Fighter for jus­tice and eq­uity was ‘the best of lis­ten­ers’

David Nasby Ed­u­ca­tor, philanthropy ex­ec­u­tive

Star Tribune - - REMEMBERING - By RANDY FURST • randy.furst@star­tri­bune.com

David Nasby com­mit­ted his life to help­ing the less for­tu­nate — from his days as the head of a small al­ter­na­tive school in south Min­neapo­lis to his work as an ex­ec­u­tive at the Gen­eral Mills Foun­da­tion, which dis­pensed mil­lions of dol­lars in phil­an­thropic do­na­tions.

A de­vout Lutheran, Nasby bridged the world be­tween cor­po­rate lead­ers and some of the state’s most prom­i­nent ac­tivists, and some­how won the trust of both. This was re­flected at his funeral last week at Luther Sem­i­nary in St. Paul, where a di­verse crowd of about 200 turned out. David Tiede, re­tired sem­i­nary pres­i­dent, de­scribed Nasby as “a cham­pion of so­cial jus­tice” and Amer­i­can In­dian Move­ment (AIM) leader Clyde Bel­le­court sang an honor song in Ojibwe.

Nasby, 78, of Min­neapo­lis, was in de­clin­ing health and died in his sleep on Nov. 5, said his wife, Karen, a re­tired Hen­nepin County pub­lic de­fender.

Nasby re­tired in 2004 af­ter 25 years as di­rec­tor of com­mu­nity af­fairs and vice pres­i­dent of the Gen­eral Mills Foun­da­tion, us­ing his in­flu­ence to help fun­nel ma­jor con­tri­bu­tions to a large range of so­cial pro­grams.

“Ac­tivists very of­ten ex­press them­selves strongly,” said Reatha Clark King, for­mer pres­i­dent and chair­woman of the Gen­eral Mills Foun­da­tion board. “We didn’t run from them when they showed their anger. In­stead we lis­tened, and David was the best of lis­ten­ers, and he could hear what peo­ple were say­ing.”

Bel­le­court said Nasby “fell in love” with AIM and funded many pro­grams the group sup­ported, in­clud­ing In­dian youth ca­noe trips on the Mis­sis­sippi River and the Le­gal Rights Cen­ter. “He walked in Je­sus Christ’s foot­steps, but he also walked in Na­tive Amer­i­cans’ foot­steps,” said Bel­le­court. “When I asked him for help, I didn’t have to ask him twice. He knew what we needed.”

Spike Moss, a long­time Min­neapo­lis civil rights ac­tivist, said Nasby saw to it that the foun­da­tion un­der­wrote the Leo John­son Drum Corps, help­ing to pay the cost of drums and uni­forms, ho­tel rooms and travel costs for 150 youths who per­formed across the coun­try. He said Nasby also raised money to fund the com­ple­tion of the first Martin Luther King Me­mo­rial build­ing in At­lanta af­ter Moss told him of ma­jor fi­nan­cial prob­lems. “Most peo­ple didn’t know that Dave Nasby got it fin­ished,” Moss said.

Nasby was born in Chicago, the son of a Lutheran min­is­ter. He grad­u­ated from Luther North High School, and went to St. Olaf Col­lege in North­field where he met and mar­ried Karen. He grad­u­ated from St. Olaf in 1963, and Luther Sem­i­nary in 1966.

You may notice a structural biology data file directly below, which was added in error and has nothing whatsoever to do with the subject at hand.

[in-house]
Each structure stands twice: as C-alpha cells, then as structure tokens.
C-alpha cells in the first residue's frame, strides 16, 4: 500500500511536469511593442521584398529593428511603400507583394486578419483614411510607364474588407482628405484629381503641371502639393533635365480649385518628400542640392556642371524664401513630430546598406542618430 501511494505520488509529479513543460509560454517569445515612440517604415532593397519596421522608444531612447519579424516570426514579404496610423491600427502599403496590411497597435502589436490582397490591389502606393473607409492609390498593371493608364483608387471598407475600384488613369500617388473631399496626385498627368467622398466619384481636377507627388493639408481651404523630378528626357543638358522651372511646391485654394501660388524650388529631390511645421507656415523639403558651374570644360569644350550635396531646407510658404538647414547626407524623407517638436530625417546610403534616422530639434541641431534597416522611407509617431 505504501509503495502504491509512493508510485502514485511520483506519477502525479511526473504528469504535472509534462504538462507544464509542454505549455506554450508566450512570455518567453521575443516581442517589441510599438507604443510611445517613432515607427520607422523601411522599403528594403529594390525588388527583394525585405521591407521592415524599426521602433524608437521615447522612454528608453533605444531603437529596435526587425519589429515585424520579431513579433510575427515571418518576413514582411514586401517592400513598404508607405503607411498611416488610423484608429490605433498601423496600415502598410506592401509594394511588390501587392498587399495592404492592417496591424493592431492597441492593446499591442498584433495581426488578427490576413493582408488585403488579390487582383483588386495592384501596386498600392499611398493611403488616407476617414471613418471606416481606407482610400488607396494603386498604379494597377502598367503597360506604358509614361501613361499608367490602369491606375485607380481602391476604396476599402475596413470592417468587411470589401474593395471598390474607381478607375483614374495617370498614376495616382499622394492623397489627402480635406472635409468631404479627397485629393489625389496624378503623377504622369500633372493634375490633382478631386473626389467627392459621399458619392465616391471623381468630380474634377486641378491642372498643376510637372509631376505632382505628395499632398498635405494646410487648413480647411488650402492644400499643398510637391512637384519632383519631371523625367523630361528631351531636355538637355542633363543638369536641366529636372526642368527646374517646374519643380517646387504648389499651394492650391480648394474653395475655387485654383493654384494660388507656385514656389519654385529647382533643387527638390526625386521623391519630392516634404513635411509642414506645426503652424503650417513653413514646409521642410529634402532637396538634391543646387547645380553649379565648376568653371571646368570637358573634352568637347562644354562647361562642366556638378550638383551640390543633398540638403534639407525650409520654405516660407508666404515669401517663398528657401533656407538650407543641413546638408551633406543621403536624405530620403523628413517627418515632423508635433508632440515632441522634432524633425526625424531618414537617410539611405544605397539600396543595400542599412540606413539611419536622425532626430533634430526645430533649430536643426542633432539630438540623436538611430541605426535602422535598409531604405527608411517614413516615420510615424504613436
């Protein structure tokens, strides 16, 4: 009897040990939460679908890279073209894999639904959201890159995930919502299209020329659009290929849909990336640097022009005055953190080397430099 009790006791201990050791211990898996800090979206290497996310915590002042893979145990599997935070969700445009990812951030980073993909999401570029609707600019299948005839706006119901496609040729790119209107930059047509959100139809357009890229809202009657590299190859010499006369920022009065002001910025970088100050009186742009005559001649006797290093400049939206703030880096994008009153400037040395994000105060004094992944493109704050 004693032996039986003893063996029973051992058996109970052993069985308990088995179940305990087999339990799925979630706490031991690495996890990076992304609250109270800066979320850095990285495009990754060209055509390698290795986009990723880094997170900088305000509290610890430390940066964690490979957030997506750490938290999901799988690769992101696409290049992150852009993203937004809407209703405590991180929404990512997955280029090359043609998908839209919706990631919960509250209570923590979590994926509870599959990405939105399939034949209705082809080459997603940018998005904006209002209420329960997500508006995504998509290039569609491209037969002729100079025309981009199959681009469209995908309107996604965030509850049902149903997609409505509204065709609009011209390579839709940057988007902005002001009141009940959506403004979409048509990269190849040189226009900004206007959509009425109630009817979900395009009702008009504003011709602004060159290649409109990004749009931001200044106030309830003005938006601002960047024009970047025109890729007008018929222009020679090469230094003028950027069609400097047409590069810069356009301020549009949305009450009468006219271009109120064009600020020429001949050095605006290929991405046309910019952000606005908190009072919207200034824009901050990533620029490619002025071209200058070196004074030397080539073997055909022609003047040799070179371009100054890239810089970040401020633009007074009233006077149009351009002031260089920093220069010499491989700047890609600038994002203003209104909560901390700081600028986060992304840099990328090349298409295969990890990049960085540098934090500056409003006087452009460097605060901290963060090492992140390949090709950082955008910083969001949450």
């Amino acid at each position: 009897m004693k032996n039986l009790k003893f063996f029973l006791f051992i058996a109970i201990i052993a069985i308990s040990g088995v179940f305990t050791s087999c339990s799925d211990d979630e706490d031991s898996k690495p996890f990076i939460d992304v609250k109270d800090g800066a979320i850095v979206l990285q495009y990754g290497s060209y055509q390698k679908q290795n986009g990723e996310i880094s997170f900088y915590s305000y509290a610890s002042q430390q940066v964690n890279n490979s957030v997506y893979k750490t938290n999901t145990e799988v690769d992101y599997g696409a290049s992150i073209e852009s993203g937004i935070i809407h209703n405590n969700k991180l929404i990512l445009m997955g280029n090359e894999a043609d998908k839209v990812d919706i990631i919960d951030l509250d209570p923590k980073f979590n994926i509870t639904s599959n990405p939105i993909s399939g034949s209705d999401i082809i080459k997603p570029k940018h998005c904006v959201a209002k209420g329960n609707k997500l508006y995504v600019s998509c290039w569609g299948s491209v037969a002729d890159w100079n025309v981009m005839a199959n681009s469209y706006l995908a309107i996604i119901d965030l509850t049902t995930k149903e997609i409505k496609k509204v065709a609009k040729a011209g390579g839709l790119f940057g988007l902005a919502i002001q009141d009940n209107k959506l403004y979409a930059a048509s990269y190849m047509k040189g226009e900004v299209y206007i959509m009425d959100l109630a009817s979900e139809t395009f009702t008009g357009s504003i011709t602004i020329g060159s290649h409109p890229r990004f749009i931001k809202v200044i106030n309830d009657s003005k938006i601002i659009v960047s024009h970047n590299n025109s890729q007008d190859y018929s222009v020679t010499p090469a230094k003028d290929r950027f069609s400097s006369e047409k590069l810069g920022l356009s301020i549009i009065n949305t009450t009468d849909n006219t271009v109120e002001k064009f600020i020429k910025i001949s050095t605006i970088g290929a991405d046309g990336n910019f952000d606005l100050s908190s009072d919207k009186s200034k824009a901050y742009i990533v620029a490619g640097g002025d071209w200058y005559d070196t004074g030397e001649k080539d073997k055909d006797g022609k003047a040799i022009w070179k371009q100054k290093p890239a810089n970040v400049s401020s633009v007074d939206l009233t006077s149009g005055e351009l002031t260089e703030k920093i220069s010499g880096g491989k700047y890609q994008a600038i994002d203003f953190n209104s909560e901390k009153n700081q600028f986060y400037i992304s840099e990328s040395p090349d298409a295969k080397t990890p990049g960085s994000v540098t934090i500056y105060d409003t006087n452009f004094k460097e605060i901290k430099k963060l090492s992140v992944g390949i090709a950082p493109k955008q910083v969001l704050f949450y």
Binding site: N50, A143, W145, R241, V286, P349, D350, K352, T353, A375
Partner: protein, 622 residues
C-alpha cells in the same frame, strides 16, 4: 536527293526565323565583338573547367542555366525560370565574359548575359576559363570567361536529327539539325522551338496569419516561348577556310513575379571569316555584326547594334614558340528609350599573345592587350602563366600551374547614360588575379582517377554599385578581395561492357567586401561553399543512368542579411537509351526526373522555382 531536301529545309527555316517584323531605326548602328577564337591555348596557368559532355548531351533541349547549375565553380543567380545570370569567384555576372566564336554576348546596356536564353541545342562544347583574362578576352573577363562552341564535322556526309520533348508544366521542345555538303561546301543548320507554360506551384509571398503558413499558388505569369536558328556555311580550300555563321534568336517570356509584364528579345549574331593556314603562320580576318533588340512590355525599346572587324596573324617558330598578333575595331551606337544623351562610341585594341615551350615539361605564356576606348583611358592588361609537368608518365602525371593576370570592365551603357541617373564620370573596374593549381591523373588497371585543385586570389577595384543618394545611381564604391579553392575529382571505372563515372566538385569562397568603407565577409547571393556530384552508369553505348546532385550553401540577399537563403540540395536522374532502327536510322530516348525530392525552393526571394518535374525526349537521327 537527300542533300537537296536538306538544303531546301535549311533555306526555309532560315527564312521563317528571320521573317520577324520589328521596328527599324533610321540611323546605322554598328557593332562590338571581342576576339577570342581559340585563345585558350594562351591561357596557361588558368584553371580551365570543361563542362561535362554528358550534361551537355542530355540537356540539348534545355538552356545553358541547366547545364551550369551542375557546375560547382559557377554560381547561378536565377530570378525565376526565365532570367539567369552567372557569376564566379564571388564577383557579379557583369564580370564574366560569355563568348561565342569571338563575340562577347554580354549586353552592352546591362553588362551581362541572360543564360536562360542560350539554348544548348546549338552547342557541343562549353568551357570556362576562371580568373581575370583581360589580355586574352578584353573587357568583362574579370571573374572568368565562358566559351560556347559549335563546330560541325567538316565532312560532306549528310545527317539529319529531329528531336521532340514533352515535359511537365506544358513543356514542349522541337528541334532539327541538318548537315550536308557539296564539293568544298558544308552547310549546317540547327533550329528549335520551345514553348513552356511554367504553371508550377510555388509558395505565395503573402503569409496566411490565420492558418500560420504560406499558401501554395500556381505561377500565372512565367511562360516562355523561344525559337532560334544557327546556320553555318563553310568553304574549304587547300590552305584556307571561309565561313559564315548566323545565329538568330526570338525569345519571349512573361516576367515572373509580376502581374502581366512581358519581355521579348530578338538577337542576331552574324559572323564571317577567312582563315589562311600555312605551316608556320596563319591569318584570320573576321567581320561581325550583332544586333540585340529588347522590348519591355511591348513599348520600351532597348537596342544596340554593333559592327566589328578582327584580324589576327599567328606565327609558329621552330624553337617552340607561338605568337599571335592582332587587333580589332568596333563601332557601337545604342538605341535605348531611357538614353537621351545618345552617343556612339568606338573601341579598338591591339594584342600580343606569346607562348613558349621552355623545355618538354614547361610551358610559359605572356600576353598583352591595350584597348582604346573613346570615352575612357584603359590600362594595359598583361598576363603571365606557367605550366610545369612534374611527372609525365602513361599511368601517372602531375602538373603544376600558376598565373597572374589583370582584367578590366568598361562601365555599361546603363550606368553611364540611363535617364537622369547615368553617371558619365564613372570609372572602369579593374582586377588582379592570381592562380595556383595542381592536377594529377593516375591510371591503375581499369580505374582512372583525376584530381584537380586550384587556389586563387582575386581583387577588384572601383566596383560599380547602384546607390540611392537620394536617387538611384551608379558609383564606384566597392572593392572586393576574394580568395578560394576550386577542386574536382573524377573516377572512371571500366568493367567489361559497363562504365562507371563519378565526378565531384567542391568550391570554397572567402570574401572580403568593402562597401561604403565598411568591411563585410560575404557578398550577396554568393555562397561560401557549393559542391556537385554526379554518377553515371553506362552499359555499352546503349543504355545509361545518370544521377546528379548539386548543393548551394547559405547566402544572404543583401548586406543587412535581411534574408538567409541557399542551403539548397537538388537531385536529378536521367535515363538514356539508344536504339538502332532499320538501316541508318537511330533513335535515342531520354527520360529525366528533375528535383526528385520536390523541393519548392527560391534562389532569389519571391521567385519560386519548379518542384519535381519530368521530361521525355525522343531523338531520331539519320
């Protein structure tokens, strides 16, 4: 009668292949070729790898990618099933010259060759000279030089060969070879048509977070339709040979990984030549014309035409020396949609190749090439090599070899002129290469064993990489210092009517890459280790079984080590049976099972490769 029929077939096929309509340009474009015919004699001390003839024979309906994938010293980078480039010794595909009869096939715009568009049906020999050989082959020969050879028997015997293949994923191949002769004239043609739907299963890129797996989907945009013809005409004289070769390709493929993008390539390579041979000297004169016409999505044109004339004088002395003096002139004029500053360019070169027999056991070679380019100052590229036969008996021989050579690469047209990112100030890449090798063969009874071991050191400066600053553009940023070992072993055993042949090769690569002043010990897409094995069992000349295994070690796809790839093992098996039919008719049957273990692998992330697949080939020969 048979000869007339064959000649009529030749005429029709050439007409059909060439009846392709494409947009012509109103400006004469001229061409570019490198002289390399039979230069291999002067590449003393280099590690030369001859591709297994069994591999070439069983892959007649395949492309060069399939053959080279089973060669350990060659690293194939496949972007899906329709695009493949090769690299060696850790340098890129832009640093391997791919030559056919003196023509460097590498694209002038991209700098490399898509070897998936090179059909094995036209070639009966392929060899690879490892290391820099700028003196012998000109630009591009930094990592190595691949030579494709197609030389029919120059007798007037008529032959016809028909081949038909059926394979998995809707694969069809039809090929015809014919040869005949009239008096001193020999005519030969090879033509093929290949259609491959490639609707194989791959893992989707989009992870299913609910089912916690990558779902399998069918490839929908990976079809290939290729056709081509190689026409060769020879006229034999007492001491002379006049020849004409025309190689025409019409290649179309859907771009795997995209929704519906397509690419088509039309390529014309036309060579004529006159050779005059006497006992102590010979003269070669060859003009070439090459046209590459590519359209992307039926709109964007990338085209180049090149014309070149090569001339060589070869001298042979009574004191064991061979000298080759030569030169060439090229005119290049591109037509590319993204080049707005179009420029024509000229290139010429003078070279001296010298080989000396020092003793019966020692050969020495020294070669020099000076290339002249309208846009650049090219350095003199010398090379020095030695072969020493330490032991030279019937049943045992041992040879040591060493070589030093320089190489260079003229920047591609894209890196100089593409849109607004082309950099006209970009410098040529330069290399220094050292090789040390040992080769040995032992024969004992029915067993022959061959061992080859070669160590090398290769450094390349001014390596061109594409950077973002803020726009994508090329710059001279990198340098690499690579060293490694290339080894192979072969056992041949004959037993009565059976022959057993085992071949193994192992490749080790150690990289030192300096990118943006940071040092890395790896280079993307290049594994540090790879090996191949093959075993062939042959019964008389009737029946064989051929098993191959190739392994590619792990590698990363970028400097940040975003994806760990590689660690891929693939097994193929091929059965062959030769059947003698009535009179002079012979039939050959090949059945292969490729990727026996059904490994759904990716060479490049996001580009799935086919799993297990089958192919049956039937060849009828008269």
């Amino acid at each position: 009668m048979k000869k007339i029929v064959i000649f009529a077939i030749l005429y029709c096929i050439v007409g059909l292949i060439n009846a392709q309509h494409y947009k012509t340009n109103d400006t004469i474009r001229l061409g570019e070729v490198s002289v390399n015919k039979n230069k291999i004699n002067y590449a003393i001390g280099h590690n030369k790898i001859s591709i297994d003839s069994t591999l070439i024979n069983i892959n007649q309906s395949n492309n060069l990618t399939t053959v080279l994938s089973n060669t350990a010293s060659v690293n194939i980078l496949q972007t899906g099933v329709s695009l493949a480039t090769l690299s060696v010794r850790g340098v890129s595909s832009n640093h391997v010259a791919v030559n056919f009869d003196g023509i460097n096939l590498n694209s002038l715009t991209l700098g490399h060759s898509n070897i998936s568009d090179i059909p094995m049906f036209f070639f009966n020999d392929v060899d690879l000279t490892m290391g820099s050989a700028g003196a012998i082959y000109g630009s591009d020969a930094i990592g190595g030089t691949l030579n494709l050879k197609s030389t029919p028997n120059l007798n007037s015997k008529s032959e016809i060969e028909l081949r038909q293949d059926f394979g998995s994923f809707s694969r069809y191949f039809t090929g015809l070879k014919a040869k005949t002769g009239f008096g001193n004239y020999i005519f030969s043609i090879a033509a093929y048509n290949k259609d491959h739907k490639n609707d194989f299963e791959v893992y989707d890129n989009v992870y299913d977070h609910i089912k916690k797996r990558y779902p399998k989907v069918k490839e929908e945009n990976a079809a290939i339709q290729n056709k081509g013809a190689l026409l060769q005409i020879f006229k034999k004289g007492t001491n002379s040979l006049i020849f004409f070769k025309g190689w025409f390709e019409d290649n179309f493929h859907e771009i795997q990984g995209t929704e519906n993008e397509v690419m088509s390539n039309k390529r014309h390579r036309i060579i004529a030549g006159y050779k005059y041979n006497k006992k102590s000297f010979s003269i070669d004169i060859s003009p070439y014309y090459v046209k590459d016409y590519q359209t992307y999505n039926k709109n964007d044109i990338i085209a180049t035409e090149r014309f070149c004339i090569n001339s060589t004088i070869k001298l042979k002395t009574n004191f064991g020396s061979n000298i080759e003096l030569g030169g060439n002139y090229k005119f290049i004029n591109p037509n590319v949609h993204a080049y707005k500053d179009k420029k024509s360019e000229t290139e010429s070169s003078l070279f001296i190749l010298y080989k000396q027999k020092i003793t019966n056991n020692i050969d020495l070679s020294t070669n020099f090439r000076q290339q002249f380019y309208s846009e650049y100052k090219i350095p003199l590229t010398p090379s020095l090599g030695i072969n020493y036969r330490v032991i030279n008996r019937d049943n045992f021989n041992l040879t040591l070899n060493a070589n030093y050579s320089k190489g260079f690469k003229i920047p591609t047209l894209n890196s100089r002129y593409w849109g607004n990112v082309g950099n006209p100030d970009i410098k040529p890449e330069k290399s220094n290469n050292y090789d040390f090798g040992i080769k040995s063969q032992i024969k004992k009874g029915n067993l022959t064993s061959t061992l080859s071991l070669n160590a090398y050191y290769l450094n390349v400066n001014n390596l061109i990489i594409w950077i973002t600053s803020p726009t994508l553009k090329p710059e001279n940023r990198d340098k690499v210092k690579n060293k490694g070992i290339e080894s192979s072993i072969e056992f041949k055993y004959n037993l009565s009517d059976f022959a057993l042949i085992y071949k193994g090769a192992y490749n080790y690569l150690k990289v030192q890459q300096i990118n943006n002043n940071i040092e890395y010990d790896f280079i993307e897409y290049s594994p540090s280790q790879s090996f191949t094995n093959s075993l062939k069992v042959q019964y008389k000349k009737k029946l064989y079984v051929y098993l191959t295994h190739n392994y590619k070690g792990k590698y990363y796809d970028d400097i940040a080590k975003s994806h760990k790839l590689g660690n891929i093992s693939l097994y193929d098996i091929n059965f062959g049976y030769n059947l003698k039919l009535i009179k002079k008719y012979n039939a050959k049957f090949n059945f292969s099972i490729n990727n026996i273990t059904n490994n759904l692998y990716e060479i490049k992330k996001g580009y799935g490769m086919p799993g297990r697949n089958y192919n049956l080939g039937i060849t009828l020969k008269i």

The cou­ple spent two years to­gether work­ing for the Peace Corps in the Philip­pines. He was hired as ex­ec­u­tive di­rec­tor of The City, a drop-in cen­ter and al­ter­na­tive school in Min­neapo­lis, and per­suaded Min­neapo­lis Pub­lic Schools to ac­credit the classes. Many of the stu­dents were dropouts or had ju­ve­nile records, and the school helped many of them get a high school diploma.

“He was just a dy­namic spirit,” re­called Gary Bris­bin, who taught there with his wife, Gail. “Everybody, the stu­dents and the staff, felt like they be­longed.”

Later, at Gen­eral Mills, he over­saw grants to a va­ri­ety of or­ga­ni­za­tions, among them the Penum­bra The­atre, which fo­cuses on African-Amer­i­can plays. One of his fa­vorite projects, Clark King said, was a $200,000 grant to the Na­tional Coun­cil of Churches in the 1990s to help re­build churches that had been burned down in three South­ern states by arsonists.

“David had faith in peo­ple and he lived his faith,” said Clark King. “He had an abil­ity to re­late to peo­ple from the most down-and-out to the high­est level of power in so­ci­ety.” Nasby also chaired the board of Luther Sem­i­nary. The Nas­bys had a cabin along Lake Su­pe­rior that he in­vited his ac­tivists friends to visit, among them Sharif Wil­lis, who used his gang af­fil­i­a­tions to try to end lo­cal street vi­o­lence through a group called United for Peace, which Nasby sup­ported. The group col­lapsed af­ter the mur­der of Min­neapo­lis po­lice of­fi­cer Jerry Haaf in 1992. Wil­lis wound up serv­ing 25 years in fed­eral prison for an un­re­lated crime.

“He came to visit me in ev­ery [prison] fa­cil­ity I was at,” said Wil­lis. “He would al­ways have some­thing that was hi­lar­i­ous and raised my spir­its . ... He was kind and con­sid­er­ate and he wanted the best for hu­man­ity.”

In ad­di­tion to his wife, Nasby is sur­vived by a son, Teodoro, of Fal­con Heights, and a daugh­ter Ser­gia Hay, of Ta­coma, Wash.

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